Liverpool hosts the training session for the coordinators of the volunteer program


Imagine being in a hospital room, in a terminal phase of a disease. And then the door to your room opens and a volunteer walks in to see how he or she may help you and your relatives to cope with the situation. What would be the desired next steps after this initial moment? Would this situation be truly helpful? How should this interaction be? And what kind of strategies would work best?


Trying to answer all this questions is one of the objectives of Work Package 3 (WP3) in the iLIVE Project. The Volunteers Study will create teams of specially trained people and set them to work in existing palliative care units in hospitals to measure how the existence of this kind of service can impact the experience of care for patients and relatives. In this past few days the Palliative Care Institute in Liverpool, the leading center for WP3, hosted a training for the coordinators and trainers from each country, as part of the ten steps model being used to implement the program.


This training is listed as Step 3 and marks the end of Phase 1 of the plan. In this stage the recruitment has already began, after creating the necessary structures in the organizations. The role of the future volunteers has been defined as well as the services that will include them and the roles that this team will have within the organization of the center.


The recruitment process is still open, in any case, and will not close until April. The training of the volunteers will take place between April and June. The documentation for this training has been translated to be used by the different teams. The service will start to be piloted in July and will continue until December of 2021 to be assessed for the study. Then it will be decided if this service is included on a continuous basis into hospital structures.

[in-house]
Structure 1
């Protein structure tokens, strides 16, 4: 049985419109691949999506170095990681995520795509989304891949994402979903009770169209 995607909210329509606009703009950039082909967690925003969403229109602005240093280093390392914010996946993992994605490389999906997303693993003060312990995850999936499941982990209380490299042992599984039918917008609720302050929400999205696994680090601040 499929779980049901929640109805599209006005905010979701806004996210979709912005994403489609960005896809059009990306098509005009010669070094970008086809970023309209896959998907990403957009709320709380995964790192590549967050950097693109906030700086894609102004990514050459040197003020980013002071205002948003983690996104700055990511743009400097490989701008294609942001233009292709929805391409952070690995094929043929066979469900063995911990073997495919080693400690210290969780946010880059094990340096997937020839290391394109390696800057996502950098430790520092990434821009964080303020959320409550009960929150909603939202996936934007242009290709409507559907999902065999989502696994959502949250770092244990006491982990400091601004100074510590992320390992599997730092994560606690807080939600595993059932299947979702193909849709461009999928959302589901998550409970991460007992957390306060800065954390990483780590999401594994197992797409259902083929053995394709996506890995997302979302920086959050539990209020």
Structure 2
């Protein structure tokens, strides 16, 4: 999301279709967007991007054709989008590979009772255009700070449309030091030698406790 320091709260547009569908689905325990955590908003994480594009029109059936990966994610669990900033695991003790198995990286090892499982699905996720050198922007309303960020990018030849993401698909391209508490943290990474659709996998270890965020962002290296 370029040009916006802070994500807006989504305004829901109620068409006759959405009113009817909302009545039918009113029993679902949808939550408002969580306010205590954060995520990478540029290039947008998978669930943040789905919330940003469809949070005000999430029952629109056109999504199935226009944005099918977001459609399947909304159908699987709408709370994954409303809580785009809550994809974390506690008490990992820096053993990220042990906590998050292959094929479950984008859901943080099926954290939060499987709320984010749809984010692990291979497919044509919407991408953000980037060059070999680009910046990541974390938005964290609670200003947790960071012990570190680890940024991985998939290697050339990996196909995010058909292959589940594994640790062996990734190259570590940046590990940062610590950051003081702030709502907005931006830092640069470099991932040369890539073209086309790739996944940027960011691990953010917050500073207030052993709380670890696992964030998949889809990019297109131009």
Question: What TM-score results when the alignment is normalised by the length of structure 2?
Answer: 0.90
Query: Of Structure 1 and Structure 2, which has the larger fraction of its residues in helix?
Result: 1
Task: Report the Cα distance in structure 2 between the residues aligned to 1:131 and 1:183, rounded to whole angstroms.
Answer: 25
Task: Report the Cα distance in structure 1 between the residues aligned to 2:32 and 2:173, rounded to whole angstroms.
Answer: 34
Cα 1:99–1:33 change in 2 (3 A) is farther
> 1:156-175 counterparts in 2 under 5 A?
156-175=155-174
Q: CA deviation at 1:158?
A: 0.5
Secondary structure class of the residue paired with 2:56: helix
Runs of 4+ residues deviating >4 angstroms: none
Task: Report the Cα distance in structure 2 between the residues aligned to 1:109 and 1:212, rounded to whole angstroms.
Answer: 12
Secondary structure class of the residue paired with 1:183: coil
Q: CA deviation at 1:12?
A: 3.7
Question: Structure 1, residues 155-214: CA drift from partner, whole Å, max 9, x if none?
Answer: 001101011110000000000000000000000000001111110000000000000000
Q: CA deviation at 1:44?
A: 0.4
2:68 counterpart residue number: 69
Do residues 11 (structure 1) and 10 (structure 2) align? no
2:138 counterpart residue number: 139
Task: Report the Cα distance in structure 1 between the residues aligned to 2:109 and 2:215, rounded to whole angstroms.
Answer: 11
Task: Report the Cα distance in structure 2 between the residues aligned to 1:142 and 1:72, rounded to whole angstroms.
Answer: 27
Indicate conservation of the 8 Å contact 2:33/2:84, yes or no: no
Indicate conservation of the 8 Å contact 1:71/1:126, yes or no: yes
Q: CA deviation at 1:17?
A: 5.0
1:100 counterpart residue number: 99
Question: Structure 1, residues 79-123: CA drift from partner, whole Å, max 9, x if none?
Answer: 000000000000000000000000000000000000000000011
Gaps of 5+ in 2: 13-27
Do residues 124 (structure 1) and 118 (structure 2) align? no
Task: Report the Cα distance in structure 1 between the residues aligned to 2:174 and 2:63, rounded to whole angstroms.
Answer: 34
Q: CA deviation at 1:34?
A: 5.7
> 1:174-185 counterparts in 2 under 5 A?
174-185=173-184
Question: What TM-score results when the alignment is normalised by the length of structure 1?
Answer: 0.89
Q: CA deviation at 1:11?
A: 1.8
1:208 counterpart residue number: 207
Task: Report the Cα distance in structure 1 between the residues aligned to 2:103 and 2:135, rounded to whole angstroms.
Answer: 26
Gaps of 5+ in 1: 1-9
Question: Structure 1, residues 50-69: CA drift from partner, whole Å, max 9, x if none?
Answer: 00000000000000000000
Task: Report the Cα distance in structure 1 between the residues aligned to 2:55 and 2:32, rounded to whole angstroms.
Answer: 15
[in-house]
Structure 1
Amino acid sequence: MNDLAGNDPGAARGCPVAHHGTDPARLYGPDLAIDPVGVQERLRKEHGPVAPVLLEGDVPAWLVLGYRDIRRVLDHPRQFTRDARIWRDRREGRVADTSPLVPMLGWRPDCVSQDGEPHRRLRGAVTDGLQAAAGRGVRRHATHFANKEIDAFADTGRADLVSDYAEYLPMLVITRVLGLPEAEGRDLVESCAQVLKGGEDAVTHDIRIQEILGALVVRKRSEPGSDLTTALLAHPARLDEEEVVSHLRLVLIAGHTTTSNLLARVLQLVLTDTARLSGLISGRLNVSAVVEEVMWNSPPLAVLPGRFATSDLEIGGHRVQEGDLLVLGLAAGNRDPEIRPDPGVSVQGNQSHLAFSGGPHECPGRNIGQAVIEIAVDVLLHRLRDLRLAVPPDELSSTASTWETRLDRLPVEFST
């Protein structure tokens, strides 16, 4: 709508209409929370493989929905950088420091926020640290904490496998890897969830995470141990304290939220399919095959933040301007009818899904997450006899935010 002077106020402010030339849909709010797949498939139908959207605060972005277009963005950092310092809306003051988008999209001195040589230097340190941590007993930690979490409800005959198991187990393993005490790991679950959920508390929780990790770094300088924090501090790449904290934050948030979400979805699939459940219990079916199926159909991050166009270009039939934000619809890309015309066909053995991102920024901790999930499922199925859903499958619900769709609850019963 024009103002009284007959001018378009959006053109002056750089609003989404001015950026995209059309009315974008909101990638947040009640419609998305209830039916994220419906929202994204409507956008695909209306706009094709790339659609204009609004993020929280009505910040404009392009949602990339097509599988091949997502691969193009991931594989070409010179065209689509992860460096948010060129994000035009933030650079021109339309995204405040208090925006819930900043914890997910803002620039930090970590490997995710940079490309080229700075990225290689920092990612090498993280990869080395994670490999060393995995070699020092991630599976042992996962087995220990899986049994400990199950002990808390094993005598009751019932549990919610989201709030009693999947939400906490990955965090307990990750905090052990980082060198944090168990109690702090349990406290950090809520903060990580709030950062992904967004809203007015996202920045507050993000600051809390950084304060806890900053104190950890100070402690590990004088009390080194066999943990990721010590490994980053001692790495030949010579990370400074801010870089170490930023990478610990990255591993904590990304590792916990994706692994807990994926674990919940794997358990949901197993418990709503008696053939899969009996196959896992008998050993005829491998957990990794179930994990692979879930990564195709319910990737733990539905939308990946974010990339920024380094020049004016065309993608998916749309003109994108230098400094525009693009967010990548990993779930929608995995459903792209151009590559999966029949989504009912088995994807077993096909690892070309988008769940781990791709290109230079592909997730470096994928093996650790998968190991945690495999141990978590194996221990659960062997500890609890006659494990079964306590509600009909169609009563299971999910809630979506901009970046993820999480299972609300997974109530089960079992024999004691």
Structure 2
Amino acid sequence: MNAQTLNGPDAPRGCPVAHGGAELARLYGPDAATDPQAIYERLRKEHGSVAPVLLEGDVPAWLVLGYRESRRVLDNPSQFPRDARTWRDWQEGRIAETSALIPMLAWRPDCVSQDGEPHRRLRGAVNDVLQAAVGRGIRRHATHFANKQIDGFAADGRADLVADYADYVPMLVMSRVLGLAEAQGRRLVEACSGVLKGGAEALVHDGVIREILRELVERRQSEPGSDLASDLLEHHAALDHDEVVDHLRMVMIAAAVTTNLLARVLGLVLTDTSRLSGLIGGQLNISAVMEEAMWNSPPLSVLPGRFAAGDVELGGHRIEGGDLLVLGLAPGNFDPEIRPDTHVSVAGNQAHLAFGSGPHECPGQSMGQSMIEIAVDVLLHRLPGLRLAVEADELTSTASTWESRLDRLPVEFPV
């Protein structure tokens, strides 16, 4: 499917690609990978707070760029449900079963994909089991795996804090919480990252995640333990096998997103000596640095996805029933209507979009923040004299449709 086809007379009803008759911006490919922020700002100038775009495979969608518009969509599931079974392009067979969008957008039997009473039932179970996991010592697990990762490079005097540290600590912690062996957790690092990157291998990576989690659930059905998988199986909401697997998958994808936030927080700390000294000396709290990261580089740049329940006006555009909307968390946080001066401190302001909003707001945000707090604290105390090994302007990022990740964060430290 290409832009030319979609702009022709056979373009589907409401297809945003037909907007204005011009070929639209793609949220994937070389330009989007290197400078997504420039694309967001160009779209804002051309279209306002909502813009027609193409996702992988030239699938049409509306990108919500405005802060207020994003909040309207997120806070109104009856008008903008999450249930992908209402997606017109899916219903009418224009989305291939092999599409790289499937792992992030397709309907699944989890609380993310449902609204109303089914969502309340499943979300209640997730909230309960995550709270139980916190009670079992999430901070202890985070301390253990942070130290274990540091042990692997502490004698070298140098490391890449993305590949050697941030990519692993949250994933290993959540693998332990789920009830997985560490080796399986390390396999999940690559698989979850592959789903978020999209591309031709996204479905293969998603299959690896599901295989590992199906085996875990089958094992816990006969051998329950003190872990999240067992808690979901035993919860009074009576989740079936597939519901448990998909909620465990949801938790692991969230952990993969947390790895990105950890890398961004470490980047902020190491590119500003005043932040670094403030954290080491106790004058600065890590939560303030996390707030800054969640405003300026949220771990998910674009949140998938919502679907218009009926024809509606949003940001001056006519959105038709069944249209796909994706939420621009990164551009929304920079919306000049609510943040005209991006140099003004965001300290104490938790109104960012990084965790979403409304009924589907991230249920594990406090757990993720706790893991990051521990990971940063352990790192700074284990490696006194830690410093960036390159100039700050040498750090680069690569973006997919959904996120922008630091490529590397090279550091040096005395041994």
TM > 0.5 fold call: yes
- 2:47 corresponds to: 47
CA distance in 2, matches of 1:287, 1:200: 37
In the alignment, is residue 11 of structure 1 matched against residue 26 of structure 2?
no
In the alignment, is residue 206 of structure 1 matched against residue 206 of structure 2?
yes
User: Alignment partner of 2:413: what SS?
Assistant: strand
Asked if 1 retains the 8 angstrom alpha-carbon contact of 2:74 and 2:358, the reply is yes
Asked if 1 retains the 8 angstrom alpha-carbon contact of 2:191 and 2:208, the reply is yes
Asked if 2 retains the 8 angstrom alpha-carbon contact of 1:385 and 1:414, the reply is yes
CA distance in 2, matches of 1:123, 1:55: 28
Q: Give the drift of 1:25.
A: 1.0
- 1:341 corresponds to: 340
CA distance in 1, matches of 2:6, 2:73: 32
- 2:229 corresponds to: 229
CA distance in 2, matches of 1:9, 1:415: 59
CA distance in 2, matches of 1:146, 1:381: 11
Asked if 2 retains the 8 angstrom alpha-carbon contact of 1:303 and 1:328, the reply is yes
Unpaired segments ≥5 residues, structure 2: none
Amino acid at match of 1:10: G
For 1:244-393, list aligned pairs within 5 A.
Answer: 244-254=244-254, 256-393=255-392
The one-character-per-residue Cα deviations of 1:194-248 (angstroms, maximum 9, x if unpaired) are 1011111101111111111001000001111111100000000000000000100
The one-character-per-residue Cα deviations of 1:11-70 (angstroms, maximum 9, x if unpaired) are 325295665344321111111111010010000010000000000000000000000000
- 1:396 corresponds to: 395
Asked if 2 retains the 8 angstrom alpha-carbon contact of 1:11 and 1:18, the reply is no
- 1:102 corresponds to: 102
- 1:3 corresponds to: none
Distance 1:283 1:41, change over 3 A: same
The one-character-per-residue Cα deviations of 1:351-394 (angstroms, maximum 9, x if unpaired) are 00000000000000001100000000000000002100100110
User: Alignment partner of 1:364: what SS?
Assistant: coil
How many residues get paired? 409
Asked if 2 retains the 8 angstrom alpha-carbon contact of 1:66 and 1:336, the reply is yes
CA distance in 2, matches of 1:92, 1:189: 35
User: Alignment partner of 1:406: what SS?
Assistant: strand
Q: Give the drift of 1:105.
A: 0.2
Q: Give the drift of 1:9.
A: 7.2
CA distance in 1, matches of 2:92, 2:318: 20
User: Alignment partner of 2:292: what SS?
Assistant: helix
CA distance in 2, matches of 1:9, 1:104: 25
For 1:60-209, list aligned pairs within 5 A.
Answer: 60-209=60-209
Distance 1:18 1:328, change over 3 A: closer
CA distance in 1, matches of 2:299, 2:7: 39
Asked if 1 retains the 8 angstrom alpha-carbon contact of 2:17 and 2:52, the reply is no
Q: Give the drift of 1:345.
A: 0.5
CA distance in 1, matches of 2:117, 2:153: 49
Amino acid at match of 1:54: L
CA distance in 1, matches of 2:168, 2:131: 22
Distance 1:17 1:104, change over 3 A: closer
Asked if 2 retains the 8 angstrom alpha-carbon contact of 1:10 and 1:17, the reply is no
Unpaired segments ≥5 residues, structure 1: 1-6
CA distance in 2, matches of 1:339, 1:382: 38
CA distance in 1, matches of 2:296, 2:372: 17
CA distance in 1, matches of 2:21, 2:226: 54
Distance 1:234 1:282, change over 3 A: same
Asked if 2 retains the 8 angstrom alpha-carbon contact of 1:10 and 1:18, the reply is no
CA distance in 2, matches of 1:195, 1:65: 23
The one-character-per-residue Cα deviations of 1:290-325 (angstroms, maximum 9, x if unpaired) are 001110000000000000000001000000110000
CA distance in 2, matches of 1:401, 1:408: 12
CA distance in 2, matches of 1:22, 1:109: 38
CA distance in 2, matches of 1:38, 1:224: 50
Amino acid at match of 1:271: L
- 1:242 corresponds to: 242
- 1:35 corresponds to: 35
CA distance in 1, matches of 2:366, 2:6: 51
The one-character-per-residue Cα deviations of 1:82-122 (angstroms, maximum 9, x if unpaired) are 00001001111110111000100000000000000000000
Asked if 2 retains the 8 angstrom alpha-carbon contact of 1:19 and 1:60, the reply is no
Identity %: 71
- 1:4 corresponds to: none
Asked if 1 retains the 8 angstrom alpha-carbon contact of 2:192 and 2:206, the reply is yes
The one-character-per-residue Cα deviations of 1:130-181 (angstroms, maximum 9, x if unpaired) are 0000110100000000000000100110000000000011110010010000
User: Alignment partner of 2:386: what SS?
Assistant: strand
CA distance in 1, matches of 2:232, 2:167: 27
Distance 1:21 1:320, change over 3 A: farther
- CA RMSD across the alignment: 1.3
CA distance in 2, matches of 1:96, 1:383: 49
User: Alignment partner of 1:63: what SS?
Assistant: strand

Training

The training in Liverpool has followed a three days program that has covered the main aspects of the future work in the centers. Such as organizational procedures and formats to teach the volunteers. Also, some examples has been presented to help the new teams, such as the work being implemented in the Royal Hospital of Liverpool, a work lead form the Palliative Care Institute.


The program also included other aspects to deal with special situations, such as difficult deaths or the importance of spirituality in the process. The training has combined practice and theory with workshops and the exposition of cases to help understand the procedures. The training of the recruits will be the next step in each center.



Improving the existing services

In fact, working with volunteers is an important part of the daily routine for some of the institutions and hospitals taking part in the iLIVE Project. So this initiative will also help them to improve their existing services. The most important part of this work is to standardize the procedure to recruit and train this teams of volunteers so this kind of service can be exported safely to other locations, and to monitor its activity.


The centers taking part in this WP are the Erasmus University Medical Center (Netherlands), University Clinic Golnik (Slovenia), Cudeca Hospice Foundation (Spain), University of Bergen (Norway), University of Humanistic Studies (Netherlands) and the University of Liverpool (United Kingdom), that is leading this effort under the work of professor John Ellershaw.



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